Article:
I quit caffeine for 30 days, again.

I quit caffeine for 30 days, again.

More focus, less anxiety and better sleep. Why fighting the addiction is worth it.

Hi, my name is Willi, and I am addicted to caffeine. The realisation came with my first real job. Real in the sense of responsibility. Being in charge of a product, a budget, and the most important people, who rely on my work was overwhelming. I was not prepared for this at all, but I was willing to accept the challenge. Time went by, and working in a startup felt like a rollercoaster ride. Moments of pure happiness got shattered by stress and anxiety. Every day was different and in a way, unpredictable. Subconsciously I was craving for routines and something to hold on in difficult times and coffee was the answer.

Grabbing a cup of coffee became my ritual in various situations. Before I started working, my team and I went to the coffee machine and had our morning chat, while we were all waiting for our coffee. After lunch, we did the same thing. Whenever I felt tired in the afternoon, I asked one of the others if they would like to do a short break, drinking coffee and go for a walk. Whenever I headed to an important meeting, a cup of coffee was my go-to accessory. Oh, and I forgot to mention that we often had other beverages around, that also contained caffeine.

In total, I had at least 4–5 cups of coffee every day, plus 1–2 drinks like mate tea.

One day I remember finding myself too stressed out. The project was not working out as planned, and I was drowning in the number of tasks. Instinctively I was holding on to my rituals. First, second, third…the cups on my desk were adding up quickly. Instead of feeling awake and productive, I felt anxious and trembled. The level of productivity was zero. I was gazing at my MacBook and did not do anything.

After this day, I knew that I had to change something. Obviously, coffee was not the source of my stress, but it didn’t help either. A good friend of mine regularly had caffeine-free months. He argued that he wanted to let his body recover from the effects that caffeine has on it. And the rules were simple. Do not consume anything that contains caffeine for the next month. At this point, I knew that continuing drinking coffee will not help me coping the stress, so I agreed to try it for one month.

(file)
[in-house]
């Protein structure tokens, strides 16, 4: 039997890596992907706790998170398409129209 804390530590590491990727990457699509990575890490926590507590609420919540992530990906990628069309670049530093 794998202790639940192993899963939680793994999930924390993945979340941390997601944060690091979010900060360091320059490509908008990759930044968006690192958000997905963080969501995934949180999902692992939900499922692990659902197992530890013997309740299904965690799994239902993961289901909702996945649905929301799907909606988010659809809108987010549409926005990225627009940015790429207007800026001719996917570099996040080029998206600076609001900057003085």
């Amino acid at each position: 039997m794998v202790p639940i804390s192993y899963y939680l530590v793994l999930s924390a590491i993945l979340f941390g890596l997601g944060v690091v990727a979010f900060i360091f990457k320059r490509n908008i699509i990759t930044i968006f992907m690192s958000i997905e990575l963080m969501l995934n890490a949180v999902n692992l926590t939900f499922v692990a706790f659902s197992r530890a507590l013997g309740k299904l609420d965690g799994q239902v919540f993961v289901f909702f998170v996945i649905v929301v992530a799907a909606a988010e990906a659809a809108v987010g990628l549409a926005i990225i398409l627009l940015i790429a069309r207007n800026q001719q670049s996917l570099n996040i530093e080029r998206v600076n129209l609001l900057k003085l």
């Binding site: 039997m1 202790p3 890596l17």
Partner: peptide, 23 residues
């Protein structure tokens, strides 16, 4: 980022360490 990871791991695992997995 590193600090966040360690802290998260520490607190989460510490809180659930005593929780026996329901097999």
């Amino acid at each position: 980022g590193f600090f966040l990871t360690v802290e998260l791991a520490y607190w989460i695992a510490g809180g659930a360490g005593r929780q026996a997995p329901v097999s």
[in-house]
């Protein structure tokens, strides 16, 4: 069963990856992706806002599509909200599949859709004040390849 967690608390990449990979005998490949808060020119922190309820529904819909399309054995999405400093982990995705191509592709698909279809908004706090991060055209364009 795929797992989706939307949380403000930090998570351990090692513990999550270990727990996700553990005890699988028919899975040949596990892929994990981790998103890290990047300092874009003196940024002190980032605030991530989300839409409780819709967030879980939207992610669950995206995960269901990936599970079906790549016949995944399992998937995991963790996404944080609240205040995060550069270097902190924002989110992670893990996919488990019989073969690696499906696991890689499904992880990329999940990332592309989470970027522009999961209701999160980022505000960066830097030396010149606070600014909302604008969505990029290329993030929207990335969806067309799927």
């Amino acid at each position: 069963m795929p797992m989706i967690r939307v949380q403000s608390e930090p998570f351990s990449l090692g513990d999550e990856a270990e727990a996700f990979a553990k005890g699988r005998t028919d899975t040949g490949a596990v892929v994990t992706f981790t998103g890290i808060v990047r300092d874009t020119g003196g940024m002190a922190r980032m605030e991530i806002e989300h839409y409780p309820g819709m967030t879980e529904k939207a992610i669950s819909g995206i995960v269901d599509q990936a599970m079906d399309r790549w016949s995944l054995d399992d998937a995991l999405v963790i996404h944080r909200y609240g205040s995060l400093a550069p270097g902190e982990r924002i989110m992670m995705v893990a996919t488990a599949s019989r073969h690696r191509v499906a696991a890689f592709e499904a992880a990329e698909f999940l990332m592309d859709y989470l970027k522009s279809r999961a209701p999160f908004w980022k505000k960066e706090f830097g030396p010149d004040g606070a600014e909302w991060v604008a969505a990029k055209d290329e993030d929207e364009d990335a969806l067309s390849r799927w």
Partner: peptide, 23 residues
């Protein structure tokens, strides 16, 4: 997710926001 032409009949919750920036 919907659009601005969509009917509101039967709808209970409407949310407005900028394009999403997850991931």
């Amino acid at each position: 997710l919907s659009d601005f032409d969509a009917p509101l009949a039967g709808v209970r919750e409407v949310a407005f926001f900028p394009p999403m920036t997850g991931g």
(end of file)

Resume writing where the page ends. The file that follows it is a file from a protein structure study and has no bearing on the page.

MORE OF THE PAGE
The first few days were horrible. Mentally I felt great. It was easy to stop drinking coffee, but my body didn’t like the absence of caffeine. Headaches were my companion for at least three days. My bodies reaction showed me how much effect this delicious drink had on my system. It was shocking and insightful at the same time. Experiencing this made me research all the effects that caffeine has on my body. From all the long list of benefits, I was able to actually experience a few by myself.

Within the last few years, I repeated this 30-day caffein break whenever I felt that the time has come. I wrote down my main findings and reasons why I stuck with this method.


Admitting to being addicted to something -in my case caffeine- is an achievement by itself. Being able to control an addiction provides confidence. It requires a lot of discipline and willpower to say no. For me doing this feels like a good training or preparation. You can’t anticipate what is going to happen in life, but having the skill to handle addiction might be useful one day in the future. So why not practice it?


The primary purpose of caffeine is to delay being tired. So by withdrawing caffeine from the system, the bodies own mechanism of controlling your sleep rhythm can work without interference. Personally, I could measure the positive effect. Yes, I do track my sleep quality every night. One of the main reasons why the lack of caffeine helped me to improve my sleep was the ability to maintain a constant sleep rhythm. Going to bed at the same time every night, and being able to fall asleep immediately feels excellent.


As long as my sleep quality is on point, I do not feel that I lack focus or productivity. The only thing that is missing is the ritual of starting being productive. Drinking coffee before starting to work was like a signal that said: “The energy is about to kick in, let’s start working.”

I didn’t find an alternative yet, and I am not sure if this is necessary. Most of us work in some sort of creative space, where thinking and collaboration with others is our job. Maybe it’s not wrong to listen to your body and let it decide when the it’s the right time to start being creative.


Looking for salvation by drinking more and more coffee in times of stress is stupid, but it came naturally to me. Since there is no “caffein-shelter” to hide, I started looking for alternatives. By not being under the influence of caffeine, in general, gives me a sense of clarity. This clarity about my own state of mind makes it easier for me to detect stress or anxiety. Going for a run or working out became my alternative.

As mentioned, this was not my first time doing this little experiment. After my last period, I decided to continue quitting caffeine. Having experienced the difference multiple times within different times in my life, I came to the conclusion that I prefer the more stable way of life without the influence of caffeine. The only exception that I do is decaf coffee, knowing that it’s not entirely caffeine-free. Sometimes I miss the taste of coffee, and I simply enjoy sitting in cosy coffee places around the city.

I hope this article was insightful. Leave a comment if you already tried quitting caffeine and would like to share your experience.



PS: Thank you for reading the article. You are awesome.